Regarding trends in future population growth, the trend towards international migrants coming from non-Anglo backgrounds is particularly relevant to capital city markets more-so than regional centers, as has been the case to this point. I’d expect a significantly lower percentage of growth in these regional cities will come from international sources and 6 of the 8 places I’ve mentioned for expansion/relocation fall into this category

            • August 16th 2017 @ 4:19pm
              mushi said | August 16th 2017 @ 4:19pm | ! Report

              So you are saying the founding partner of KPMG demographics in Australia has no connection to demographics and is not a demographer?

              Also back in the naughties before his avocado comment made him cool he told clients in many presentations I was a party to that he was a demographer. I recall something along the lines of “ I’m not here to talk economics I’m here to talk demographics”

              • August 16th 2017 @ 4:28pm
                bbt said | August 16th 2017 @ 4:28pm | ! Report

                I have read his “projections” in the Australian for many years now. He may be good at reading the statistics but he is not much chop at interpreting them. Also, tinging his “projections’ with his conservative political bent makes his deductions rubbery.

              • August 16th 2017 @ 4:44pm
                mushi said | August 16th 2017 @ 4:44pm | ! Report

                Yep his projections always have some assumptions that are either plain wrong or he then argues against in the next breath.

                But he was always worth the money as a speaker, he’s polished and because he’s, to borrow the wedding crasher’s line, hopefully only 50% full of it you get healthy debate amongst the crowd afterwards.

                I think he “predicted” a sydney housing sell off and migration that should have occured by now?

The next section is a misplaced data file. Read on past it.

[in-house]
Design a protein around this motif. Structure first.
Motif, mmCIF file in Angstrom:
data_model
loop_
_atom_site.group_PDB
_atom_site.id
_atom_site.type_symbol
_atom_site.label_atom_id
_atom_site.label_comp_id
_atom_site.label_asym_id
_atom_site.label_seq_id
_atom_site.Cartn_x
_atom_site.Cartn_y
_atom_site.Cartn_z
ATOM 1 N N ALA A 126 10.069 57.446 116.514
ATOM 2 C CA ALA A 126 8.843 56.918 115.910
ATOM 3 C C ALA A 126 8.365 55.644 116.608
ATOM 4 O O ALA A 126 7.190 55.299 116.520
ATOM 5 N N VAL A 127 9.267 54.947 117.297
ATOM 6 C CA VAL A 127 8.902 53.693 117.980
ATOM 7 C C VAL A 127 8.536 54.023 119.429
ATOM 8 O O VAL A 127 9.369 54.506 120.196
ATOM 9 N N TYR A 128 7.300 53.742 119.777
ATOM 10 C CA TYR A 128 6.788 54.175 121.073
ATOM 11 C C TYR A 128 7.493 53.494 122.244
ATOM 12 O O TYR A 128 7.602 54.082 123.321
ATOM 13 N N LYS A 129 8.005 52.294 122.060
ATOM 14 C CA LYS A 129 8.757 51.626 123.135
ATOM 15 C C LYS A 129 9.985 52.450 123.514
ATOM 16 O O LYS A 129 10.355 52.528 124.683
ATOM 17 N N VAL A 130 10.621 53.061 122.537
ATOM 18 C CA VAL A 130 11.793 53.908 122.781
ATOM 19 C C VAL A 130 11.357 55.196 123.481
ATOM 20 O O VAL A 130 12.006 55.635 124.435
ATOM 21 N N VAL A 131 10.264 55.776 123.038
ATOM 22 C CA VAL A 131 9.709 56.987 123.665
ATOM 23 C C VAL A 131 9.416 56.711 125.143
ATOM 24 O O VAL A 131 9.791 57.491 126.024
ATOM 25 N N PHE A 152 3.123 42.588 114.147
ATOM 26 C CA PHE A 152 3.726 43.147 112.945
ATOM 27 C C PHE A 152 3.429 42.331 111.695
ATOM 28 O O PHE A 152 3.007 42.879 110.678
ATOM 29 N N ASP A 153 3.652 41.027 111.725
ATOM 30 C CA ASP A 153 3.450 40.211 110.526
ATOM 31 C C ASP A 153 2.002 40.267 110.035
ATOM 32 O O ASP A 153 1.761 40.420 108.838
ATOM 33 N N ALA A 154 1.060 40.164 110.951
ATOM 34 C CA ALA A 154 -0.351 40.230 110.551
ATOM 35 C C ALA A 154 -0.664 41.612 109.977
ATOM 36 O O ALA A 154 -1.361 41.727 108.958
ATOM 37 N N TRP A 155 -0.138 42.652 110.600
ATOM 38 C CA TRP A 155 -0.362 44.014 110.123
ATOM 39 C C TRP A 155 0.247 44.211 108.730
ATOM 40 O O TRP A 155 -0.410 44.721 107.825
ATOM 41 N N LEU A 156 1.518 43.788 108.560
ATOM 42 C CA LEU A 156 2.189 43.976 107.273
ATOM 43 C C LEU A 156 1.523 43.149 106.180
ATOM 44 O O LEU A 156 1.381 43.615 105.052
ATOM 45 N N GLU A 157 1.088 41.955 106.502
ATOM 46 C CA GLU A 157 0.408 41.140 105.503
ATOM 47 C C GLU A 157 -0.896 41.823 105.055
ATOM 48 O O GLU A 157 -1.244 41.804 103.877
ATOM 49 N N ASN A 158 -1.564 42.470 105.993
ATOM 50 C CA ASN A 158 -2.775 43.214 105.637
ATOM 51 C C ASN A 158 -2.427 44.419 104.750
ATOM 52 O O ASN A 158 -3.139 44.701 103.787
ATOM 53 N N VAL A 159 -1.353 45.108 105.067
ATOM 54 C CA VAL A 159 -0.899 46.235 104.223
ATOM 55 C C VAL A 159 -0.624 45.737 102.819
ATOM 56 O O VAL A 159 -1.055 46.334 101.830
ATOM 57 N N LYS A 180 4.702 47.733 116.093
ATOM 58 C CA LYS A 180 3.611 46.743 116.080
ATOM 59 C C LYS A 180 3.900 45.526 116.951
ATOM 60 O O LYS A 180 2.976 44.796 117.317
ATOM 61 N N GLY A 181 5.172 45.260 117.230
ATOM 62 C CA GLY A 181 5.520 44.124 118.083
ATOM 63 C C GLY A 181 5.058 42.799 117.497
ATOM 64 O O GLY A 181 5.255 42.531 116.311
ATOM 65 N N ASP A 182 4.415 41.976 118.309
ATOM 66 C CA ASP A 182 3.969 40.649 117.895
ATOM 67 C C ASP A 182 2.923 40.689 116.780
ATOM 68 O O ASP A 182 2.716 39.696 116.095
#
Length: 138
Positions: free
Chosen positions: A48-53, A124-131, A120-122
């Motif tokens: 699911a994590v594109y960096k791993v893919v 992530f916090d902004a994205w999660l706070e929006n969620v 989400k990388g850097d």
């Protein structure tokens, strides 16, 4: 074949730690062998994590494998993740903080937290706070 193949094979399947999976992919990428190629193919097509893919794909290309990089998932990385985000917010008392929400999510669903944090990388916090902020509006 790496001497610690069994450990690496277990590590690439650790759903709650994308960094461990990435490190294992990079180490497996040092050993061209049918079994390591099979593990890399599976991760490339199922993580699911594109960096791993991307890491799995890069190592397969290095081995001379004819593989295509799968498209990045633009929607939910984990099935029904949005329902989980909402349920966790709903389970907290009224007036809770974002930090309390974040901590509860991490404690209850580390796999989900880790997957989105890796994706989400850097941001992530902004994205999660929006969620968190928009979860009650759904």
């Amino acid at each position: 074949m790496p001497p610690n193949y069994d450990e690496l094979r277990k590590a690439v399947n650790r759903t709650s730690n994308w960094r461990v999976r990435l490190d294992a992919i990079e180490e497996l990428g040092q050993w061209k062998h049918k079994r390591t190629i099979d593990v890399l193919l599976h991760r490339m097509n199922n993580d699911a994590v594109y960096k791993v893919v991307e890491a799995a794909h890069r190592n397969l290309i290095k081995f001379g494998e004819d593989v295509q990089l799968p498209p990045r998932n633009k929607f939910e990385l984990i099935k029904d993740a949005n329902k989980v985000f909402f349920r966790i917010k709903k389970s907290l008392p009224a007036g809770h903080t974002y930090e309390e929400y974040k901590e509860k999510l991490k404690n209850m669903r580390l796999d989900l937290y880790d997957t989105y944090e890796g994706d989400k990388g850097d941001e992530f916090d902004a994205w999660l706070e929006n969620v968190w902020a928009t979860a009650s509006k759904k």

• August 16th 2017 @ 5:03pm
                Rob9 said | August 16th 2017 @ 5:03pm | ! Report

                Mushi, I’m saying in the presentation I sat in on recently he made a point of saying he is not a formally trained demographer and called himself a ‘futurist’. Nothing more, nothing less. This is confirmed on his website. It’s up to you how you pulled out that he ‘Has no connection with demographics’ from what I said.

                It’s unfortunate that you’re getting hung up on who Bernard Salt is from this. It’s not something I have much interest in debating. And as just mentioned in reply to another one of your posts, the projections that I’ve listed throughout the article, while not being a statement of fact, are a widely accepted estimated guess of where we’re heading. And when looking ahead to establish a vision and plan a pathway towards that, this is a good place to start in creating that picture for the future.

              • August 16th 2017 @ 6:08pm
                Mushi said | August 16th 2017 @ 6:08pm | ! Report

                I made a point in brackets and you responded, I pulled factual information to counter?

                If you didn’t want it to be a big deal why lead off with defending him as a futurist? Your faux outrage is disingenuous and belies your tenuous position.

                Because I’m sure he’s had no formal training in futurism either…

                He has held himself out to be a demographer in the past ie the founding partner of the demographics you’re just ignoring that to suit your own purposes

              • August 16th 2017 @ 6:40pm
                Rob9 said | August 16th 2017 @ 6:40pm | ! Report

                I responded to explain why I called him a futurist in the first place. I pulled factual information too eg. check his website. I was pretty happy to park it there because anything more really is a tangent completely irrelevant to the article and what I enjoy engaging in spirited discussions with others on.

                But keep picking a fight that’s not there mushi. What do you perceive to be ‘my own purposes’ anyway? Because I really have no idea what Bernard Salt proclaims himself to be has to do with it.

                I’ll readily admit to you and anyone else that cares mushi, Bernard Salt knows demographics like Jarryd Hayne knows how to get a coach sacked. I haven’t thought or expressed a point of view that suggests otherwise.

              • August 17th 2017 @ 6:11am